Right now the Phils need some changes. Hopefully they make the right moves. Regardless of what changes are made, not everyone will be satisfied.

  66. Agree that Justin Smoak is overrated. The guy hit 17 hrs in 600 MINOR league at-bats. He would appear to be a darling of the money-ballers in that he takes a lot of walks and put up a good .OBP but he doesn’t provide the necessary power at 1b.

  67. “Love the site but your analysis is foolish. Will go down as one of the worst trades in Phillies history.”

    That’s fine, but please, add something more than “your analysis is foolish”. No need to write an essay, but give something, anything, to explain.

  68. “I don’t believe the Mariners front office is top drawer”

    Well let’s see … Lee has been traded 3 times in the past year. Each time for a package that seemed underwelming to most observers. Three lousy front offices? (Keeping in mind that 2 of those 3 also pulled off deals that were percieved to be good to acquire him in the first place.) Or maybe, just maybe, for whatever reason, the market for him wasn’t as great as most people thought it should have been.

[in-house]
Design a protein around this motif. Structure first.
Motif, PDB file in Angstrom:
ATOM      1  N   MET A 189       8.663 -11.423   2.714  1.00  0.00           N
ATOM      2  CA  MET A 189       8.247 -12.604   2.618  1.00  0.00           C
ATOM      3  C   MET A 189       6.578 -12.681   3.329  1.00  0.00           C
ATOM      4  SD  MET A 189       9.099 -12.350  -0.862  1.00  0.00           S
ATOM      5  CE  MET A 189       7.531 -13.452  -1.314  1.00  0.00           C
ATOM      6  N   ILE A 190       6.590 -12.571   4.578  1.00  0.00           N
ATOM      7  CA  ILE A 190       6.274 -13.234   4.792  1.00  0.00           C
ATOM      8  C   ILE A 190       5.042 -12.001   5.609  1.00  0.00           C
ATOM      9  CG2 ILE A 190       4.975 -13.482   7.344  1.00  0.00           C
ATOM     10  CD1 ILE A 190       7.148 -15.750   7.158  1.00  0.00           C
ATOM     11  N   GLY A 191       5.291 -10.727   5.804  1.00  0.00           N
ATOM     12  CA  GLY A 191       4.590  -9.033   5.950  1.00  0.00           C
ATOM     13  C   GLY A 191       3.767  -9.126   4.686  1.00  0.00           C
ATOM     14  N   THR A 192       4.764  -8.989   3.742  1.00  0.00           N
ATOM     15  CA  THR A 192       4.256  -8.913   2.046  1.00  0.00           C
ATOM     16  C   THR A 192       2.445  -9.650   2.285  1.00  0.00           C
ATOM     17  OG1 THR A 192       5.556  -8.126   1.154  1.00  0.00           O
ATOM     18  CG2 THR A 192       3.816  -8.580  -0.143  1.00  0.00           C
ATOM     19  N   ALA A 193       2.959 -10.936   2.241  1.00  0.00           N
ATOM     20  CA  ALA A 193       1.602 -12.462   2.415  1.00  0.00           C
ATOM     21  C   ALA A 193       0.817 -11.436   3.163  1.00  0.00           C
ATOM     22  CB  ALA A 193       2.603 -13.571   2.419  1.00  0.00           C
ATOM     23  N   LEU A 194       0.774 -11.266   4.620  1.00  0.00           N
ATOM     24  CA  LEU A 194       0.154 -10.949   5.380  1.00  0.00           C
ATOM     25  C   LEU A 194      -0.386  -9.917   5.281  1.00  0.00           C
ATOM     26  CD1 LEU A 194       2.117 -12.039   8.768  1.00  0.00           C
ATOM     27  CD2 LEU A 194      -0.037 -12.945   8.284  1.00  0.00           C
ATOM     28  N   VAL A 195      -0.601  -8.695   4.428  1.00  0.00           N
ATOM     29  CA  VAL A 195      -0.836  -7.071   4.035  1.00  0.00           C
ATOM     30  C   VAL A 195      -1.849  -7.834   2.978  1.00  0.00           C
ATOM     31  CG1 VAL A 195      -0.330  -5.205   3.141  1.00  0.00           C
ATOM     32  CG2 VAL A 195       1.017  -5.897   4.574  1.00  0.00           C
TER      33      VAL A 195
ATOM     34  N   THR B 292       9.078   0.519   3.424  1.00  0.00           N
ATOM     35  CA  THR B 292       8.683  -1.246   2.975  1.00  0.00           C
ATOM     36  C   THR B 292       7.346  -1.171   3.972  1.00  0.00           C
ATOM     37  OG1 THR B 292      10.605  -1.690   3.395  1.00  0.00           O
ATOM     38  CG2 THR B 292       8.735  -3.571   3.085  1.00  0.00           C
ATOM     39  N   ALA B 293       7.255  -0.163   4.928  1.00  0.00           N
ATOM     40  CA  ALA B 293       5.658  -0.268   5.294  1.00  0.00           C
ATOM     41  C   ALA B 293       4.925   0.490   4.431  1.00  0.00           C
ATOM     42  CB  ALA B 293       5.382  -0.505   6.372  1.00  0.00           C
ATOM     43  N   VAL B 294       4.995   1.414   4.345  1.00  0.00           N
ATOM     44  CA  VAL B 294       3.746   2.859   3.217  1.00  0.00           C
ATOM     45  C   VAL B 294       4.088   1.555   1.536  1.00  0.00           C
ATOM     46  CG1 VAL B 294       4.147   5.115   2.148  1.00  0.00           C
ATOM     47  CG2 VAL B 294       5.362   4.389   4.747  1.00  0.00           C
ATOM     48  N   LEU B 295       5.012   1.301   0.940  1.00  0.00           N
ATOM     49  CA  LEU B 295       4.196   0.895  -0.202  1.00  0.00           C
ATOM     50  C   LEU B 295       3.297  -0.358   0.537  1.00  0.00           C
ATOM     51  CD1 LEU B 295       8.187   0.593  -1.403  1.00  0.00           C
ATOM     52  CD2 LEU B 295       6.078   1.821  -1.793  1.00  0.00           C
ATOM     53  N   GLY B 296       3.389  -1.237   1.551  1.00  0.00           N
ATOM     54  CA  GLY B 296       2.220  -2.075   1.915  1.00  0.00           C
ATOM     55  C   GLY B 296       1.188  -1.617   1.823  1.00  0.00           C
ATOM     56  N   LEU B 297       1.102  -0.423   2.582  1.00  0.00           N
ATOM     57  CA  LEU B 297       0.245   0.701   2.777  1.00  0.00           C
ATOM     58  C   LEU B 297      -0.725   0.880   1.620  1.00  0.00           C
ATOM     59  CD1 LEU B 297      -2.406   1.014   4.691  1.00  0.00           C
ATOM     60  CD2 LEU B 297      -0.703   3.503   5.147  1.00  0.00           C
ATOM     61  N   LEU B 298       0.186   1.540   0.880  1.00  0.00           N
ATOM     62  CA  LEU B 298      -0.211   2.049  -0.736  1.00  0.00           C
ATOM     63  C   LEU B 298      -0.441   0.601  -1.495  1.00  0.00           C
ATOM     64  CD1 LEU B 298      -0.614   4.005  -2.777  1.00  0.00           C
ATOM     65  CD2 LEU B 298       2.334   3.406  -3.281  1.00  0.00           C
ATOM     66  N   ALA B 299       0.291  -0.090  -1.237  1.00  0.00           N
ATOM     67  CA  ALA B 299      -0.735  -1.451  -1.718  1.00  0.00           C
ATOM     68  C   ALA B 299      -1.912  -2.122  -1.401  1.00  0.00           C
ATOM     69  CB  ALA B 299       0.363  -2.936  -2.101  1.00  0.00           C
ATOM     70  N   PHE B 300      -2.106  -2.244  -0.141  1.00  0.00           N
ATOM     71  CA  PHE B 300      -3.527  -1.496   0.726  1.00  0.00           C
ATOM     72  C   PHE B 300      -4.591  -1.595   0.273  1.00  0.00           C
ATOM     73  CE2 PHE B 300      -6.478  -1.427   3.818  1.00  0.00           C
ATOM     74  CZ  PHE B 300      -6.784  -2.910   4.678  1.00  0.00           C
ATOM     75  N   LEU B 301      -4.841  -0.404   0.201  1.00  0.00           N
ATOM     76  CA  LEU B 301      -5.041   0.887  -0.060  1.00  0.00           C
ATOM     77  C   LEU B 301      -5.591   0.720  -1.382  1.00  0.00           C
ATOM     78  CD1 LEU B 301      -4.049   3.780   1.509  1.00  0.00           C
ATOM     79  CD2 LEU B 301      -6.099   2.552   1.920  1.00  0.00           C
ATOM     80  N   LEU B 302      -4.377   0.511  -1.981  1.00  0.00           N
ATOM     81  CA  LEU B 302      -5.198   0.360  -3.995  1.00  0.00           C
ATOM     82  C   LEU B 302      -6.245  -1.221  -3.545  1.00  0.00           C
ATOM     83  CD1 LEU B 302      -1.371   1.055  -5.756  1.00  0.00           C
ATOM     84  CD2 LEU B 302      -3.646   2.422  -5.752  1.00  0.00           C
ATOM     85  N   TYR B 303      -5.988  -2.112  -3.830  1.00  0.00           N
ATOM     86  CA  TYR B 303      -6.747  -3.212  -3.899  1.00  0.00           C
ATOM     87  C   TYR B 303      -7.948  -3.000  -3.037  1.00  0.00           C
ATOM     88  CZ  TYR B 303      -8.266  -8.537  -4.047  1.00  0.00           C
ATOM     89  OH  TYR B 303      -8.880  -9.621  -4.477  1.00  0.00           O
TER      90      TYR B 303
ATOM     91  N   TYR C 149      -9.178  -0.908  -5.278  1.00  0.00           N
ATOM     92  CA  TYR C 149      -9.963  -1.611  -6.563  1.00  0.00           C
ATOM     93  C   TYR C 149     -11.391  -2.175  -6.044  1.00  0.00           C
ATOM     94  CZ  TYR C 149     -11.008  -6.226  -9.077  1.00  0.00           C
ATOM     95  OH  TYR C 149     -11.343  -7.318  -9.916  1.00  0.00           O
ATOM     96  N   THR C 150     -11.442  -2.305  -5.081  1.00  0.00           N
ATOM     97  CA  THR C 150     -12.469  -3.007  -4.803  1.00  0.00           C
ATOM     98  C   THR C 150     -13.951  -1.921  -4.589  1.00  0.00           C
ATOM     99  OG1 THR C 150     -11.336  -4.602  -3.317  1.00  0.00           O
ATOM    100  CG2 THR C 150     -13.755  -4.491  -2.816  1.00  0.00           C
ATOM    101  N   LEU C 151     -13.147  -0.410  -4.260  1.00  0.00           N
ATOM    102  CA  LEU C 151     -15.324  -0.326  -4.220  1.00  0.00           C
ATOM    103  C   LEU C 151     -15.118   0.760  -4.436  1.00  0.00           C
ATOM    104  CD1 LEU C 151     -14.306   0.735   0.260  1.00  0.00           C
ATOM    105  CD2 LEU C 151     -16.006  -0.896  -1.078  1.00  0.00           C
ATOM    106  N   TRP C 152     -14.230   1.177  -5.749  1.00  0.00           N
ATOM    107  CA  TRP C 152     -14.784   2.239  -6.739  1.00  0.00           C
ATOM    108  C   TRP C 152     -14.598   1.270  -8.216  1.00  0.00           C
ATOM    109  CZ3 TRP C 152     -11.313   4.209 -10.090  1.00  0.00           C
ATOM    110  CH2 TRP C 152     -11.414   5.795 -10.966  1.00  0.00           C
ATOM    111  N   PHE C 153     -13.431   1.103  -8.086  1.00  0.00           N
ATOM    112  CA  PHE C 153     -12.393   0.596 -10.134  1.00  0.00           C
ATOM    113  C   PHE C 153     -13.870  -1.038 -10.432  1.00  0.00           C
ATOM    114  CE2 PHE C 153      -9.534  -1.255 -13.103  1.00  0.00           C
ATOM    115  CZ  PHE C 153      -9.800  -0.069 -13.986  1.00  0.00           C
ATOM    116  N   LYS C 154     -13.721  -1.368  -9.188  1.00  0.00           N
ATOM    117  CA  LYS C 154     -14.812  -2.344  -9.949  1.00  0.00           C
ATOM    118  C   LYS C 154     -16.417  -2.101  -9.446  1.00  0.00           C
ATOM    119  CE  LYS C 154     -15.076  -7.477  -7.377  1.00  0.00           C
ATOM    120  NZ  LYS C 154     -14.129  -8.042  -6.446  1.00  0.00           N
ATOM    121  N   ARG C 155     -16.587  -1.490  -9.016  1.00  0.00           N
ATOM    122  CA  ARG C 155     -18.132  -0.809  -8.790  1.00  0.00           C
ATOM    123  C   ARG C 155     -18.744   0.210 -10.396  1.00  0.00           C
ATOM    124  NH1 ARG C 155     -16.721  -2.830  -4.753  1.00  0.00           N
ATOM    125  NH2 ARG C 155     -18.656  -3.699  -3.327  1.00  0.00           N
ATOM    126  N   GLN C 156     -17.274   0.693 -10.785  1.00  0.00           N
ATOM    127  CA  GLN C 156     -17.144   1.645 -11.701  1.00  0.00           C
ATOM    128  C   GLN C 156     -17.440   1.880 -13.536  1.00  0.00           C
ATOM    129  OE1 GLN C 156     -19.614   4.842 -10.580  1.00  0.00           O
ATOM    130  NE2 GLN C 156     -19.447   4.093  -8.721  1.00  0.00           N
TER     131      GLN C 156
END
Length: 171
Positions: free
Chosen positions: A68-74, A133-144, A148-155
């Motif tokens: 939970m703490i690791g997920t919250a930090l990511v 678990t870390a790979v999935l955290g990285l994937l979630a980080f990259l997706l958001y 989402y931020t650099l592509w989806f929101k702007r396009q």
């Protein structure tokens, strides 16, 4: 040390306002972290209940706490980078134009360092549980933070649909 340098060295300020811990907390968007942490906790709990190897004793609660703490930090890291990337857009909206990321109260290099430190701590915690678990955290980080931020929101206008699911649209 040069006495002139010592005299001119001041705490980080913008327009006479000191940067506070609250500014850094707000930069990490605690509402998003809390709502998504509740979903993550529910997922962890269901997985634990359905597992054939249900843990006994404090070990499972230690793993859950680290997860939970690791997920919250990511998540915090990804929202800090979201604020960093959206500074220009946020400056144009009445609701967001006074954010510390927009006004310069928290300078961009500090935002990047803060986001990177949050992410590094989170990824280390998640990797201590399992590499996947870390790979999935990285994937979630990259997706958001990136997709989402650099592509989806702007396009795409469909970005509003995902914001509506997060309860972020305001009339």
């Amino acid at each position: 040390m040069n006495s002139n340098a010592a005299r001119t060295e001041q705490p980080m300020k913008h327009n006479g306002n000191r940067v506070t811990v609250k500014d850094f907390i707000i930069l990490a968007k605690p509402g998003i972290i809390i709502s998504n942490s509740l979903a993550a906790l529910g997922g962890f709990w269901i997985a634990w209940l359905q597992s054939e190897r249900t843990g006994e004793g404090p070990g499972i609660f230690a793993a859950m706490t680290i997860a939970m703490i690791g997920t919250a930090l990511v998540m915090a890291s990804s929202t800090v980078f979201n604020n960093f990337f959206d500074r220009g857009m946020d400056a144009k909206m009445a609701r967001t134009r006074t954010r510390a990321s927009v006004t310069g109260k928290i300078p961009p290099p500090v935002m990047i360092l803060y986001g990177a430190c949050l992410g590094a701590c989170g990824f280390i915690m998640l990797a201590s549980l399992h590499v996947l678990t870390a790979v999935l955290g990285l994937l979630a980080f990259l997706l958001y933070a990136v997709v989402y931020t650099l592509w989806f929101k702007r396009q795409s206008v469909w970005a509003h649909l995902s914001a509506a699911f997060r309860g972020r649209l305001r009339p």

69. Ever since it happened and people started screaming their heads off, I’ve had my own private theory about the Halladay and Lee trades. There’s no way at all for me to prove it, but it makes logical sense to me:

    Given the thorough depletion of the Phils’ farm systems (at least the upper levels) that would have been the result and their highly probable inability to re-sign Cliff Lee after 2010, the message that would have been sent to Roy Halladay was “We’re betting everything on 2010, and after that we have no idea what we’re going to do to compete.” And in that case, given his no-trade clause in Toronto… Halladay isn’t so interested in coming to Philly anymore. He could have had that same gamble in Toronto just fine.

    So I’ve never been 100% convinced that having both Halladay and Lee in the Phils’ rotation was a realistic option to begin with. And if the choice is Lee for one year or Halladay (and a theoretically replenished farm system) for several, I’m fine with the latter choice thankyewverymuch.

    We fans can 20/20 hindsight our undies into a twist all we like, but I’m with pp – I’m behind the guys we have, at all the levels. (Especially after what the Phils pulled off tonight!)

  70. None of the analysis or reasons for doing what they did, matters in this case. The bottom line was that they could have had a real shot at winning another series with a 1-2 punch of Halladay and Lee, and one of the best 1-2 punches in the HISTORY of baseball. If Lee walks after that, so what! We still get two high draft picks. That’s is all that matters. Ruben Amaro is an idiot and should have never gotten the job as GM.